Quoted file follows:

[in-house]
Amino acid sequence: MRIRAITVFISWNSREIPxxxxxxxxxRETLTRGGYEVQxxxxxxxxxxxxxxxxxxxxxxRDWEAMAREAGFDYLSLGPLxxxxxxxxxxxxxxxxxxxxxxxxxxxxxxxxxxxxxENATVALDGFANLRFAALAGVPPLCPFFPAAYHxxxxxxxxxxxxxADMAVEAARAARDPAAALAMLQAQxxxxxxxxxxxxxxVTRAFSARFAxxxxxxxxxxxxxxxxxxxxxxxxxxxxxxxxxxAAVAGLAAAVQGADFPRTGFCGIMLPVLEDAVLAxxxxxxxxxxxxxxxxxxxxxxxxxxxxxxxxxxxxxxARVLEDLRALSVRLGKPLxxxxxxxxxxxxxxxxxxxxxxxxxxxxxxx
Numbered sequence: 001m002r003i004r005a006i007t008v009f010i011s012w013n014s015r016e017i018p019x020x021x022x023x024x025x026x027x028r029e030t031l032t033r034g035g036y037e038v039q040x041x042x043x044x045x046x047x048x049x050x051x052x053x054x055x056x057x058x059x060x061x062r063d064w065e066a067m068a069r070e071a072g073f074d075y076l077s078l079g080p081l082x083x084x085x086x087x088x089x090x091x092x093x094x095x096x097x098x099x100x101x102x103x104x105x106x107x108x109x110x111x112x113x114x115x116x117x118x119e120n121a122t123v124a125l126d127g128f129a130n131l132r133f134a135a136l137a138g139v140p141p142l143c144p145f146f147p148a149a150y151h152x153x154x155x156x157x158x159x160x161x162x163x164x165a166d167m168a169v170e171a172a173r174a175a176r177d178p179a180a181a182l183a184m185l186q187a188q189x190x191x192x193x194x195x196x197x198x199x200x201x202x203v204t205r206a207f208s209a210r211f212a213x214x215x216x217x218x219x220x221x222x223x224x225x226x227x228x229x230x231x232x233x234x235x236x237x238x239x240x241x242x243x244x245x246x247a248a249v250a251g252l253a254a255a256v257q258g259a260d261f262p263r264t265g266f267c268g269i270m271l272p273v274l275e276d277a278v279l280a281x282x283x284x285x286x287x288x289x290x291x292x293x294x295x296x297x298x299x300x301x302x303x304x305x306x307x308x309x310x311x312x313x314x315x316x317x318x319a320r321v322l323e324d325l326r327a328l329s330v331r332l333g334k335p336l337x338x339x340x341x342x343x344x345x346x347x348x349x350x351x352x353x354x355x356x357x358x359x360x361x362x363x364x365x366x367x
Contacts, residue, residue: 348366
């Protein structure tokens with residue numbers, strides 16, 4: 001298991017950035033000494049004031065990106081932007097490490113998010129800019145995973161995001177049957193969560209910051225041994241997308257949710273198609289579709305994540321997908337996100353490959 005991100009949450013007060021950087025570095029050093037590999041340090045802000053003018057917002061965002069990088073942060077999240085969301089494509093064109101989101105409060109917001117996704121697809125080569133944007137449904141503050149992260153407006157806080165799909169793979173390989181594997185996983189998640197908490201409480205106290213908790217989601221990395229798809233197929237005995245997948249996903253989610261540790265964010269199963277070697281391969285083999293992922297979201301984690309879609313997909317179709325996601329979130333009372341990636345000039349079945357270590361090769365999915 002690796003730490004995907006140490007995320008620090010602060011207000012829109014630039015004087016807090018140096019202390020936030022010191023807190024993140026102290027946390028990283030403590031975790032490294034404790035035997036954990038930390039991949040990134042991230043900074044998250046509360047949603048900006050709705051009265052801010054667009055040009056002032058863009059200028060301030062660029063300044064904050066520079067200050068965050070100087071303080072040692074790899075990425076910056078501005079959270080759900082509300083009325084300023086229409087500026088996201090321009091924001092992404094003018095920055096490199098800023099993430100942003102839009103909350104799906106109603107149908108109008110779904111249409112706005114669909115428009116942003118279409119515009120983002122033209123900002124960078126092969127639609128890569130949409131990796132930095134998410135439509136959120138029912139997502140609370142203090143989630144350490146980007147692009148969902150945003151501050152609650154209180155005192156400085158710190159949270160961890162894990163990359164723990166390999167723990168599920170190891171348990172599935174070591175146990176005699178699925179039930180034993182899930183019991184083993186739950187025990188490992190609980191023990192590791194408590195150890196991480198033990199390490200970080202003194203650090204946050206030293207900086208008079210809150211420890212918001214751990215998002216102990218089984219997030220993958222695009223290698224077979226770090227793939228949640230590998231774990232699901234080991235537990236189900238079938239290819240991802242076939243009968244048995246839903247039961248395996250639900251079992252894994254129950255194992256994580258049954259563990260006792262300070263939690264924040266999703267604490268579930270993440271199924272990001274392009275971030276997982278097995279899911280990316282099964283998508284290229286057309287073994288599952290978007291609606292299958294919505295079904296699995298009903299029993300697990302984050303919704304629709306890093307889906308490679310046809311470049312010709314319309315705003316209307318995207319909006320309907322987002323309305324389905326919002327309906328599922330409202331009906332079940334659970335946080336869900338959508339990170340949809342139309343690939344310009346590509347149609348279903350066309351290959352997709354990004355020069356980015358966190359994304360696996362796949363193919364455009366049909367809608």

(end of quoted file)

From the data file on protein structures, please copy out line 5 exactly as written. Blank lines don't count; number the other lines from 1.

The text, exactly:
């Protein structure tokens with residue numbers, strides 16, 4: 001298991017950035033000494049004031065990106081932007097490490113998010129800019145995973161995001177049957193969560209910051225041994241997308257949710273198609289579709305994540321997908337996100353490959 005991100009949450013007060021950087025570095029050093037590999041340090045802000053003018057917002061965002069990088073942060077999240085969301089494509093064109101989101105409060109917001117996704121697809125080569133944007137449904141503050149992260153407006157806080165799909169793979173390989181594997185996983189998640197908490201409480205106290213908790217989601221990395229798809233197929237005995245997948249996903253989610261540790265964010269199963277070697281391969285083999293992922297979201301984690309879609313997909317179709325996601329979130333009372341990636345000039349079945357270590361090769365999915 002690796003730490004995907006140490007995320008620090010602060011207000012829109014630039015004087016807090018140096019202390020936030022010191023807190024993140026102290027946390028990283030403590031975790032490294034404790035035997036954990038930390039991949040990134042991230043900074044998250046509360047949603048900006050709705051009265052801010054667009055040009056002032058863009059200028060301030062660029063300044064904050066520079067200050068965050070100087071303080072040692074790899075990425076910056078501005079959270080759900082509300083009325084300023086229409087500026088996201090321009091924001092992404094003018095920055096490199098800023099993430100942003102839009103909350104799906106109603107149908108109008110779904111249409112706005114669909115428009116942003118279409119515009120983002122033209123900002124960078126092969127639609128890569130949409131990796132930095134998410135439509136959120138029912139997502140609370142203090143989630144350490146980007147692009148969902150945003151501050152609650154209180155005192156400085158710190159949270160961890162894990163990359164723990166390999167723990168599920170190891171348990172599935174070591175146990176005699178699925179039930180034993182899930183019991184083993186739950187025990188490992190609980191023990192590791194408590195150890196991480198033990199390490200970080202003194203650090204946050206030293207900086208008079210809150211420890212918001214751990215998002216102990218089984219997030220993958222695009223290698224077979226770090227793939228949640230590998231774990232699901234080991235537990236189900238079938239290819240991802242076939243009968244048995246839903247039961248395996250639900251079992252894994254129950255194992256994580258049954259563990260006792262300070263939690264924040266999703267604490268579930270993440271199924272990001274392009275971030276997982278097995279899911280990316282099964283998508284290229286057309287073994288599952290978007291609606292299958294919505295079904296699995298009903299029993300697990302984050303919704304629709306890093307889906308490679310046809311470049312010709314319309315705003316209307318995207319909006320309907322987002323309305324389905326919002327309906328599922330409202331009906332079940334659970335946080336869900338959508339990170340949809342139309343690939344310009346590509347149609348279903350066309351290959352997709354990004355020069356980015358966190359994304360696996362796949363193919364455009366049909367809608």